We are back with our Webinar Series – Experts on Employee Experience! 🎉 It is a monthly webinar series where Jade Choy, Epoch's CEO, has conversations with leaders and innovators in the employee experience and engagement space.
In case you missed it, here are some key learnings and takeaways from our September Webinar featuring Liz Leary, Project Coordinator - Team Anywhere at Atlassian! Scroll on for notes! 👇
Liz has worked in employee experience for over 6 years, putting her time and effort into improving the work environment. Liz started her career in employee experience at Trello and carries with her the many experiences and lessons that she has learned ever since. Today, Liz is the project coordinator at Atlassian, a software development and collaboration company that provides effective tools and methods to aid in team organization, collaboration, and task completion.
Liz is passionate about helping employees foster bonds at work in a fun and meaningful way. In this webinar, we discussed workplace experience trends, tactics for creating programs from scratch, and advice on how to deal with the upcoming changes in the working environment!
Liz believes in her ability to help people in different ways and help them find connections. She was the first EA (Employee Advocate) at Trello, and she attributes this as a huge reason for her success.
Liz thrives working in employee experience due to her passion for helping people. Fostering and building genuine relationships. Before working in employee experience, Liz says, “I wanted to be a doctor”.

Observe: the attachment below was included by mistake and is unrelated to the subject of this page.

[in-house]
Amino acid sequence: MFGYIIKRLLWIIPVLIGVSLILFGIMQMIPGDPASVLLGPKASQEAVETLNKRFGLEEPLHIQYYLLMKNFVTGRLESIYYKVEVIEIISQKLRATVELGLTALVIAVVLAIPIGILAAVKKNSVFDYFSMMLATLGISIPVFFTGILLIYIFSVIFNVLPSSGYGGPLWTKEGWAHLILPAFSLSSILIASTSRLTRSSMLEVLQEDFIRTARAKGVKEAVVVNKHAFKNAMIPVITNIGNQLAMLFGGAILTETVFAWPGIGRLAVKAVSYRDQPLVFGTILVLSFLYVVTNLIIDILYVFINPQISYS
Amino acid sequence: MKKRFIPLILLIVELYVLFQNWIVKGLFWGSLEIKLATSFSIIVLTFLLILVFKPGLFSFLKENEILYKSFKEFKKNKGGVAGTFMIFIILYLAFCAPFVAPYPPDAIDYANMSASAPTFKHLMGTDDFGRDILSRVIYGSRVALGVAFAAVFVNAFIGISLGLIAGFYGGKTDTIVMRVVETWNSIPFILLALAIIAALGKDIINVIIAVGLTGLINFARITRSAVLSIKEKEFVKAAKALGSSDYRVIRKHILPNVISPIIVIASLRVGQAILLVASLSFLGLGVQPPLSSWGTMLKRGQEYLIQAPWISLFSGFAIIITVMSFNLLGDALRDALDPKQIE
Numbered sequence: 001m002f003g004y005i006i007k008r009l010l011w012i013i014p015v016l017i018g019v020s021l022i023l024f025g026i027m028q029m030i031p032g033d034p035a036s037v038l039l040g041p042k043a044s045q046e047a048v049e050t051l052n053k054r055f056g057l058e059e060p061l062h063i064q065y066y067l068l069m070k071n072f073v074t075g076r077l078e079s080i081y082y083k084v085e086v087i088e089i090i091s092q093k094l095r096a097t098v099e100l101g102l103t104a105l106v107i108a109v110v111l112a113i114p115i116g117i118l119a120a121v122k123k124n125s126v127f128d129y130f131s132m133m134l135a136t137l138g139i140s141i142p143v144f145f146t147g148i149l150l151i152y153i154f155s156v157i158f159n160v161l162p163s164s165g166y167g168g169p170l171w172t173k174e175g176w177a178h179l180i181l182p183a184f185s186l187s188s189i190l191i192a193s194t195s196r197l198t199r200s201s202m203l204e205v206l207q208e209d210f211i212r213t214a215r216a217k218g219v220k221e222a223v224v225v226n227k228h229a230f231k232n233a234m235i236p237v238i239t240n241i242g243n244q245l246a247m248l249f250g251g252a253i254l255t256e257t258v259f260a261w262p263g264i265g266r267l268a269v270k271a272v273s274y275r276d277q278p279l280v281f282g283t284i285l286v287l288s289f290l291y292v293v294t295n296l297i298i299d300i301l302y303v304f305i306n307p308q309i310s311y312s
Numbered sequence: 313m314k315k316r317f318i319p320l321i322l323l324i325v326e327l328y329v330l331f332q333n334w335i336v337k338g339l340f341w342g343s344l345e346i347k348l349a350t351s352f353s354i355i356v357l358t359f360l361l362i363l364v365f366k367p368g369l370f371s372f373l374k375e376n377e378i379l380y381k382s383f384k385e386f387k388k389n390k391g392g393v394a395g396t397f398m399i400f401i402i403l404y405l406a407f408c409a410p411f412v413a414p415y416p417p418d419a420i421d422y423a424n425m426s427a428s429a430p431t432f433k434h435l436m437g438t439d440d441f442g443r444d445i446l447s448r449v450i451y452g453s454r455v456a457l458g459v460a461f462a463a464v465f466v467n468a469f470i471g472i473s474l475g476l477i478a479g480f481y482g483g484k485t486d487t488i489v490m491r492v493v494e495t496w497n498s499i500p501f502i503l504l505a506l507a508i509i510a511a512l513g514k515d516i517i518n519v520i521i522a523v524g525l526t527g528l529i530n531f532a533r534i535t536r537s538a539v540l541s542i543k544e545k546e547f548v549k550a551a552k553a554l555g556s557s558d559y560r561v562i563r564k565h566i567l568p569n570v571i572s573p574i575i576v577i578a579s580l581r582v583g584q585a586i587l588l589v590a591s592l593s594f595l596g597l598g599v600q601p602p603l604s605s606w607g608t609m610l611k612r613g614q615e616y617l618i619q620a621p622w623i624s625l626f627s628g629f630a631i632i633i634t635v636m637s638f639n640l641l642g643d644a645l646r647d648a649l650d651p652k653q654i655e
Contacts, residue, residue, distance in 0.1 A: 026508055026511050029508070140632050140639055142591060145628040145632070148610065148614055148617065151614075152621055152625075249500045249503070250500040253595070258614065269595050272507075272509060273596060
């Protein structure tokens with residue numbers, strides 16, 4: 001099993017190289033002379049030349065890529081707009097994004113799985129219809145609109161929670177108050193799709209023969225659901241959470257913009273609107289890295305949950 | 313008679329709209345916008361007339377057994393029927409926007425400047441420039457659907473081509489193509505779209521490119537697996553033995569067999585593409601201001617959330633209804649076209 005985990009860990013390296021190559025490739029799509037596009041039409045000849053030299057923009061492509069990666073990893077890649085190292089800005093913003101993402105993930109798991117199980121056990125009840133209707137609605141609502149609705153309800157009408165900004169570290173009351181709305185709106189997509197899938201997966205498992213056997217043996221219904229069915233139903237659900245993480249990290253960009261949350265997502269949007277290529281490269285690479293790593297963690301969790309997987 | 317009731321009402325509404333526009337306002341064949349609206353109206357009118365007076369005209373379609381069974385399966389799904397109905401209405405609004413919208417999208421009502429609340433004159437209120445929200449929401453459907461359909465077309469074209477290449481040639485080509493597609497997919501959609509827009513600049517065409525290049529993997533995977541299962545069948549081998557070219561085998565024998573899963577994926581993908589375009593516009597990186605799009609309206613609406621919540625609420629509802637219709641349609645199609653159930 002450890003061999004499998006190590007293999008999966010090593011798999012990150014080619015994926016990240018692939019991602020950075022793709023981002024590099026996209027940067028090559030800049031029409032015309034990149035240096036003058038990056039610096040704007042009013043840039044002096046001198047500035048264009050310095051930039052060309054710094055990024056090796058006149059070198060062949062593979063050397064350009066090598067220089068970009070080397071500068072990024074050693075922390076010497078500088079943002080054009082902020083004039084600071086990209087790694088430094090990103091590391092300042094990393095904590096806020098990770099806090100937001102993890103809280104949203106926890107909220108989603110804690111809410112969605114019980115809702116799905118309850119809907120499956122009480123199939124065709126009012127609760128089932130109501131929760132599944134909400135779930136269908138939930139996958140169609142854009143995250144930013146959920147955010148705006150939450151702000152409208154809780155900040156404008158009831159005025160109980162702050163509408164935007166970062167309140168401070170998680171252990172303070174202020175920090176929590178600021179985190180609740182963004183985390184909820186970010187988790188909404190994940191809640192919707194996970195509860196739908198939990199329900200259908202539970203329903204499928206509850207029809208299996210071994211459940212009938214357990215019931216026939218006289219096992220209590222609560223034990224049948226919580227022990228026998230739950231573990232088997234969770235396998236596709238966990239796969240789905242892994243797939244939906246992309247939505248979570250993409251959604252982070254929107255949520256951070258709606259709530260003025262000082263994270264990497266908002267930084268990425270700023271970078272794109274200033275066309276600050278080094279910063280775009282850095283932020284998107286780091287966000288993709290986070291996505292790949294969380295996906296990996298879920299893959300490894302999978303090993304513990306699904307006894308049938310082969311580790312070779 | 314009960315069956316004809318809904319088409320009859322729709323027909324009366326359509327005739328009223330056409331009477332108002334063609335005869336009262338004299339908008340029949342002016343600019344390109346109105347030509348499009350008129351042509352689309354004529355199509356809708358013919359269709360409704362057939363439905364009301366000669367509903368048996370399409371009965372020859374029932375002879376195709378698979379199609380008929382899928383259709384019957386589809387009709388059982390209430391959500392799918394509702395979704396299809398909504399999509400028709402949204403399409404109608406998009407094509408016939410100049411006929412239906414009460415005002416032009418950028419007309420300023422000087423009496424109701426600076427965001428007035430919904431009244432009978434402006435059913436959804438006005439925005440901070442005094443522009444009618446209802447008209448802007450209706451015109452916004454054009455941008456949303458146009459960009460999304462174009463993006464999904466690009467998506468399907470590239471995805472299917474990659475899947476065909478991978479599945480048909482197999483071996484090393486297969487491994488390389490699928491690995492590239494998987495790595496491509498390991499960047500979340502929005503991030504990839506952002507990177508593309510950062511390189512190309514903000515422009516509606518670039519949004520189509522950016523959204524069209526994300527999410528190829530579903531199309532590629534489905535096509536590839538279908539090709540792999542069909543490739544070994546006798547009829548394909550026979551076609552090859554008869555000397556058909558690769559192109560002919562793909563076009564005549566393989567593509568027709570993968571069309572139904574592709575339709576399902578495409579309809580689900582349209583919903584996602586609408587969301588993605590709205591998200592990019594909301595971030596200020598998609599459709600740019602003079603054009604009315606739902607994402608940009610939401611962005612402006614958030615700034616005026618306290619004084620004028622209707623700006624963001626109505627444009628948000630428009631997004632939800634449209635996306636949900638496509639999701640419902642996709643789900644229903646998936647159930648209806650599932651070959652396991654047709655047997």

Liz agrees that people want to be back in person. The challenge she says is, “how do we introduce, how to meet people with each other again”. With the fatigue that comes from working from home, Liz strongly believes that in-person is coming back. However, she does realize that a delicate balance is needed, as the future of work is heading towards remote work.
When Liz first joined Trello, her manager created an event called Trello Together. When her manager left, Liz was handed the keys to the event space at Trello. She attributes much of her learnings from being able to organize events like these. Trello Together was a three-day getaway for employees to give them that much-needed time to gather.
When Covid hit, Liz had to pivot. This is where she introduced the idea of Team Time, where managers at the company could bring their team to New York. Eleven teams set out to New York, and these events created a huge buzz. By the end of the three-month duration, a total of 25 teams had come out.
Liz didn't have a metric to show how productive people became. She did however see it within the workspace. She says, “people felt inspired to go back in person and work”. Liz wishes that she took a metric to measure this. All in all, Liz believes that the productivity that you get from those genuine connections and organic conversation is important.
Liz believes in having the right people in the right place in order to plan and execute these events. Event planning itself is its own job. Ideally, Liz emphasizes looking for an employee experience person to handle these tasks, but if no one is available then she recommends sending out a survey to employees. This could be the catalyst behind someone starting their career within the employee experience workspace. She suggests that having these events will allow you to be a much more thoughtful co-worker. As a result, if your team is seen and heard they will work for you.
Liz highly recommends the Trello board. She built a top to bottom Team Time planner with all the tools you would need to access the New York office. The office was a home base for co-workers to meet other co-workers who they normally wouldn't work with. Liz quotes these as “cooler moments”.